We’re one of the most popular fruits in the world! We grow on a lovely tree with spreading branches covered with pretty white blossoms from which apples grow once the flowers have been pollinated by insects.
Did you know we come in green and red colours too? We can be as short as 15cm or as long as 25cm
Did you know that some grape vine root stocks have been found in China that date back to before the great ice age? We grow in bunches, which can be like a pyramid, round or long and thin.
We have smooth, white or yellow skin with pale green to green flesh. We're about 15-20cm in diameter, and round to oval in shape. Our flesh, contained by the thin, firm skin or rind, is moist, sweet and succulent with seeds in the centre.
We were given the name kiwifruit by New Zealand growers and this is the name we're known by in Australia. We're cylindrical and egg-shaped, about 8cm long, with reddish-brown skin which is covered in short hairs.
We may be small but we pack a punch in the flavour and nutrition stakes. You see we have the ability to bring out the flavour of other foods, as well as tasting great ourselves.
We're related to European pears, apples and quinces. We're more or less round in shape, slightly smaller than a tennis ball, with greenish-yellow skin which can be speckled with brown flecks.
Oranges are available all year round. We're the best-known citrus fruit and are related to mandarins, lemons, grapefruit, limes and citrons.
We come in several distinct types, varying in size, colour and taste. We common, or purple, passionfruit are the size of an egg, round to egg-shaped with a thick, purple skin, which becomes dull and wrinkled as we ripen
We're available most of the year and our skin is slightly rough, yellowish when ripe, and encloses a crisp, juicy, white flesh.
We're stone fruits, with a range of pink to purple skin colours. Our flesh is also multi-coloured from yellow, creamy-white to blood red.
We're actually very tasty and so nutritious no one can afford to exclude us from their diet. We grow on rounded bushes (bush beans) which support themselves or on climbing plants.
We come in many different types and have many different names depending on where we come from. We have white or green, thick, crunchy stems with light to dark green wide leaves. All parts of us are eaten.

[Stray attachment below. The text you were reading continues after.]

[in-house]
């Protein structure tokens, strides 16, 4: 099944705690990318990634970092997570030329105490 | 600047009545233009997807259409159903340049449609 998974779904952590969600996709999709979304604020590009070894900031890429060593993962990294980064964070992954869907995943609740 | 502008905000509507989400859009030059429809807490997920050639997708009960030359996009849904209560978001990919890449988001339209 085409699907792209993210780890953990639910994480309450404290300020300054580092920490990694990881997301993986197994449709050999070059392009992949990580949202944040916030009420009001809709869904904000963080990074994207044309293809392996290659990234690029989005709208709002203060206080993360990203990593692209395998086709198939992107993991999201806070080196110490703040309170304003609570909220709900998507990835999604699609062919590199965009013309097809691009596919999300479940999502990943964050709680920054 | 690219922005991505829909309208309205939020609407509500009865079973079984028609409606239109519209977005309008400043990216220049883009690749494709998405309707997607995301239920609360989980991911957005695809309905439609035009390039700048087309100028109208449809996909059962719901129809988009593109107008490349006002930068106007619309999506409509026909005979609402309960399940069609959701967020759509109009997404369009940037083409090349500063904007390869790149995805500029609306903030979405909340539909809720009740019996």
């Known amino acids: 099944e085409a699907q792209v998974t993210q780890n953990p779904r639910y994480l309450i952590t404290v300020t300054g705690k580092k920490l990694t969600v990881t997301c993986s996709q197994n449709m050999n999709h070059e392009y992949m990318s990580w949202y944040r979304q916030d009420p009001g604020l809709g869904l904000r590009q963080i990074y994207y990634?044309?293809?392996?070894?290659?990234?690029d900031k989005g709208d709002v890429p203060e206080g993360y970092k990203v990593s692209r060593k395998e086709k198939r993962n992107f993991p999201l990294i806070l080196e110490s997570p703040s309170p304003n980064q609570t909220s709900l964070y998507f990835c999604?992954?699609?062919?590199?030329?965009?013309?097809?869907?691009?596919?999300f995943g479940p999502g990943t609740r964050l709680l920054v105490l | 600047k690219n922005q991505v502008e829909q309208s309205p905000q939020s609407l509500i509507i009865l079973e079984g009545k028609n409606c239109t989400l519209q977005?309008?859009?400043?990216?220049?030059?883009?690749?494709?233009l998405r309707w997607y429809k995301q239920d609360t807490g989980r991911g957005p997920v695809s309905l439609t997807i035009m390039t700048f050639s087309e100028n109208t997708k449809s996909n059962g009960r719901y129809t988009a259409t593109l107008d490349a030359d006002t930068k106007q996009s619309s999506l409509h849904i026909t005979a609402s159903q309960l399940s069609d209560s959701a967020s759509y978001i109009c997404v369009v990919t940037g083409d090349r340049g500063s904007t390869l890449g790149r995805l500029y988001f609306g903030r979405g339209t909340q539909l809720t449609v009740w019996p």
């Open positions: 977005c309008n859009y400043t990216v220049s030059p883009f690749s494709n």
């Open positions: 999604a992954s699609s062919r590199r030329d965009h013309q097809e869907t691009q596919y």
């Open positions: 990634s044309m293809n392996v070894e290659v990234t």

I belong to the Brassica family and am closely related to the cabbage. My fellow broccoli heads and I can range in colour from dark green to purplish green.
We capsicums are closely related to hot chillies, but we're sweeter tasting and not at all hot to eat. Most of us are glossy, smooth-skinned, and blocky.
We're related to the melons, pumpkins and squash but we have our individual style. We're usually torpedo-shaped with green to dark green or white skin surrounding a whitish edible pulp containing seeds.
We eggplants grow on a bush that produces variously shaped fruit over a long period of time. Our most common type is the glossy, smooth skinned, tear drop-shaped eggplant which has dark purplish satin-like skin.
We've been enjoyed for thousands of years. One of the world's most popular salad vegetables, we come in many shapes, sizes and colours. There are four main types in Australia, all of which are widely grown.
We're white cultivated mushrooms and our edible part is our fruiting body which produces spores. We're the most commonly sold mushroom and consist of an umbrella-like head.
We're a bulb formed from the bases of our leaves. The most common being round to oval-shaped and slightly smaller than a tennis ball.
We're a close relative of tomatoes, eggplants, and capsicums. Our skin colour varies from creamy-to-white, yellow, red to even purple.
We're normally hard-shelled and come in many different shapes and sizes. Our flesh is usually yellowish-orange, firm, moist and at our centre is a mass of flat seeds.
Yes, we're a fruit all right but everyone thinks we're a vegetable because we're used in savoury dishes. We have glossy, thin, smooth skin, with a juicy flesh containing numerous soft, edible seeds.